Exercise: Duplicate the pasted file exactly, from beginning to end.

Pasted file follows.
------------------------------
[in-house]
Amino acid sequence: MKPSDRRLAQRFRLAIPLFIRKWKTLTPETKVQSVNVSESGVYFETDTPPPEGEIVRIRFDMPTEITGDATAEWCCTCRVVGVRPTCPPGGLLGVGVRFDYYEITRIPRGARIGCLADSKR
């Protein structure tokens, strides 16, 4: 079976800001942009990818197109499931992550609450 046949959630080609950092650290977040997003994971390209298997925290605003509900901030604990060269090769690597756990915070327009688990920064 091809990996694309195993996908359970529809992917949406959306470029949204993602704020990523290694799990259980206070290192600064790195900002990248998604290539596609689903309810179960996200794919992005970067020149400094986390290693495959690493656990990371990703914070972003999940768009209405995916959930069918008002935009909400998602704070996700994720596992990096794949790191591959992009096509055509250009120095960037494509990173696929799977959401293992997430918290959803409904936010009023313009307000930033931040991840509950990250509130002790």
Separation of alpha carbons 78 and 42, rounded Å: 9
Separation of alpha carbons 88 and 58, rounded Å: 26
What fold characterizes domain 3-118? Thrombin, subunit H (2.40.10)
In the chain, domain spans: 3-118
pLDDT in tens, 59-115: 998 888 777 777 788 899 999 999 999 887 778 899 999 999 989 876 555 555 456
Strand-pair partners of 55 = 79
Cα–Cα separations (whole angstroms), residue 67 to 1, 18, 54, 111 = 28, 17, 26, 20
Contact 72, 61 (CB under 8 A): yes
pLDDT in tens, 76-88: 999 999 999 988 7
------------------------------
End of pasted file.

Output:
[in-house]
Amino acid sequence: MKPSDRRLAQRFRLAIPLFIRKWKTLTPETKVQSVNVSESGVYFETDTPPPEGEIVRIRFDMPTEITGDATAEWCCTCRVVGVRPTCPPGGLLGVGVRFDYYEITRIPRGARIGCLADSKR
């Protein structure tokens, strides 16, 4: 079976800001942009990818197109499931992550609450 046949959630080609950092650290977040997003994971390209298997925290605003509900901030604990060269090769690597756990915070327009688990920064 091809990996694309195993996908359970529809992917949406959306470029949204993602704020990523290694799990259980206070290192600064790195900002990248998604290539596609689903309810179960996200794919992005970067020149400094986390290693495959690493656990990371990703914070972003999940768009209405995916959930069918008002935009909400998602704070996700994720596992990096794949790191591959992009096509055509250009120095960037494509990173696929799977959401293992997430918290959803409904936010009023313009307000930033931040991840509950990250509130002790």
Separation of alpha carbons 78 and 42, rounded Å: 9
Separation of alpha carbons 88 and 58, rounded Å: 26
What fold characterizes domain 3-118? Thrombin, subunit H (2.40.10)
In the chain, domain spans: 3-118
pLDDT in tens, 59-115: 998 888 777 777 788 899 999 999 999 887 778 899 999 999 989 876 555 555 456
Strand-pair partners of 55 = 79
Cα–Cα separations (whole angstroms), residue 67 to 1, 18, 54, 111 = 28, 17, 26, 20
Contact 72, 61 (CB under 8 A): yes
pLDDT in tens, 76-88: 999 999 999 988 7